Anyone who attended the symposium for the Aga Khan Award for Architecture last month couldn’t miss the irony that it was held in Dubai. Amidst the forest of ungainly skyscrapers in that city’s instant downtown (the elegant Burj Khalifa is an exception), architects, jury members, and guests discussed the prize’s six winners—projects of striking modesty, from Beijing to Bangladesh. The 40-year-old award, given every three years, has always stood quietly apart from such venerable prizes as the Pritzker and the Praemium Imperiale— honoring projects, not a singular architect, and acknowledging clients as well as designers. As it has matured, the awards have astutely reflected emerging trends in architectural culture.
This year’s winners, for example, exemplified a strong interest in materials, in micro-urbanism, and in establishing new forms of public space, as jury member Mohsen Mostafavi, dean of Harvard’s Graduate School of Design, put it. While the award has long looked favorably on restoration and adaptive reuse, it has increasingly recognized work with a social impact on underserved communities.
And though the criteria state that projects must be “designed for or used by Muslims, in part or in whole,” the interpretation by the jury seems quite elastic. This year, the humblest winning project was a small children’s library carved out of an old Beijing hutong, designed by Zhang Ke, of ZAO/standardarchitecture (a 2010 RECORD Vanguard winner). The Friendship Centre, an NGO training facility in rural Bangladesh, is a simple but elegant complex of sunken spaces and courtyards, built of handmade bricks, designed by Kashef Mahboob Chowdhury/URBANA. The small Bait Ur Rouf mosque, also in Bangladesh, was designed by Marina Tabussum on the edge of Dhaka. Beautifully built, again in locally made bricks (and radically lacking a dome or minaret), it seems, in its timeless yet modern form, to nod to Louis Kahn.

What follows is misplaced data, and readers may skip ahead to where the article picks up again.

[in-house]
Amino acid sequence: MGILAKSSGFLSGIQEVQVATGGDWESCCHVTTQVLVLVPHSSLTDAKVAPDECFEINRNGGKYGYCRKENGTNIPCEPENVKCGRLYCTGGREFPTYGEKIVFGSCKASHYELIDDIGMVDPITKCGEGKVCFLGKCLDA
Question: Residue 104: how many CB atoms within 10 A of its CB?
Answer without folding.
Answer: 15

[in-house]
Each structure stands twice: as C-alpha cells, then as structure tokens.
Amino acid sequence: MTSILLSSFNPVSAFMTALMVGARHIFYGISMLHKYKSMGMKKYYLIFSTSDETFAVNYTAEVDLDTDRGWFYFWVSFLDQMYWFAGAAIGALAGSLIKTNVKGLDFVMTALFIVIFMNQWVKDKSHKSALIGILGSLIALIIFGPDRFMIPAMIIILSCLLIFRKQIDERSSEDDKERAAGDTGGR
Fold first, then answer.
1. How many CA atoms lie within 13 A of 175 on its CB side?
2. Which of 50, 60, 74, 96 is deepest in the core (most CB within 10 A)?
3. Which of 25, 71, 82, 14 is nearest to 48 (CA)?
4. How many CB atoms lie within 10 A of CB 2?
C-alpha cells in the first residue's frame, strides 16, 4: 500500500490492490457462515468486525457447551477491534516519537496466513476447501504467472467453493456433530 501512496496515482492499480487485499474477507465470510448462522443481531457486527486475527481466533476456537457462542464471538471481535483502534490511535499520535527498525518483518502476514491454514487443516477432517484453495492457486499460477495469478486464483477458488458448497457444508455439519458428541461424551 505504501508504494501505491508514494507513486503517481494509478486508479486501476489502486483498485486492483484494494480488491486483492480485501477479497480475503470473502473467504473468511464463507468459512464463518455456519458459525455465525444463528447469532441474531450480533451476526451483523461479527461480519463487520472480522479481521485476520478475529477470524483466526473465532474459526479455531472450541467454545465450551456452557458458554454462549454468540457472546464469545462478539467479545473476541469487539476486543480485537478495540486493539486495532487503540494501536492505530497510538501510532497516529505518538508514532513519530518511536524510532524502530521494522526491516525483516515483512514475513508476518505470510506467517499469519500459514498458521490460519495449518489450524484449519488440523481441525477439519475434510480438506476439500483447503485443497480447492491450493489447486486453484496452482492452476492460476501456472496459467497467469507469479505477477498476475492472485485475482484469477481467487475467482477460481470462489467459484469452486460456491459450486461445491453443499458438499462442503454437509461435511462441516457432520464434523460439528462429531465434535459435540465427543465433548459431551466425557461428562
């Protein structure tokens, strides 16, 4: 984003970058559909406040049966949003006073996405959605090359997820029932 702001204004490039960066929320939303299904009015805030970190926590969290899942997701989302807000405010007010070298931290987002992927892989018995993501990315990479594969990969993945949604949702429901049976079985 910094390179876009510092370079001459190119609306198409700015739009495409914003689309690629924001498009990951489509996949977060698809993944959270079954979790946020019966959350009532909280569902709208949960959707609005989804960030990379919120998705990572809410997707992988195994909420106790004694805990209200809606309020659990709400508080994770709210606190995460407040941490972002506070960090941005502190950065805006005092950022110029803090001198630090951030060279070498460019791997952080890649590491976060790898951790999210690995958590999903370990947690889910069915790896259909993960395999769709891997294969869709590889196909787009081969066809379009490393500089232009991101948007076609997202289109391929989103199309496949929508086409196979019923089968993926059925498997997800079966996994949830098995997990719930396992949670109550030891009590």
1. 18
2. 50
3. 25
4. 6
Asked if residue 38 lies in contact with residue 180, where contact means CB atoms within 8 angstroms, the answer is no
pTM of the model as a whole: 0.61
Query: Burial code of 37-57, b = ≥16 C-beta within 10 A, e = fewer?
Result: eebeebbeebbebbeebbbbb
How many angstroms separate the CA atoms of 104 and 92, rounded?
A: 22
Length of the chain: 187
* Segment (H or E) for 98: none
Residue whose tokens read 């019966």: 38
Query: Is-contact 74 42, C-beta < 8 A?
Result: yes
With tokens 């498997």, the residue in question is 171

On a dramatically a larger scale, the Tabiat Pedestrian Bridge in Tehran links two urban parks that were separated by a highway—but it has become an inviting public space in itself, where people gather and linger. Designed by the two young partners of Diba Tensile Architecture, Leila Araghian and Alireza Behzadi, the bridge had 4 million visitors its first year.
While the awards typically shine a light on little-known designers, this year, two famous architects took home a prize ($1 million, divided among all the winners). Bjarke Ingels of BIG led the team that designed Superkilen, a public space in a diverse immigrant community in Copenhagen. The late Zaha Hadid designed the Issam Fares Institute at American University in Beirut and was represented in Dubai by the firm’s principal, Patrik Schumacher. “Each project crosses many boundaries and tells many stories,” said architect Brigitte Shim, a jury member, at the symposium.
The next day, the Aga Khan echoed that idea at the formal ceremony to bestow the awards, held at a 19th-century fort in the city of Al Ain, once an oasis in the desert. “The spirit of pluralism has been central to the best of Islamic culture,” he said, and added: “I am happy to underline that three of the awardees this year are women architects.”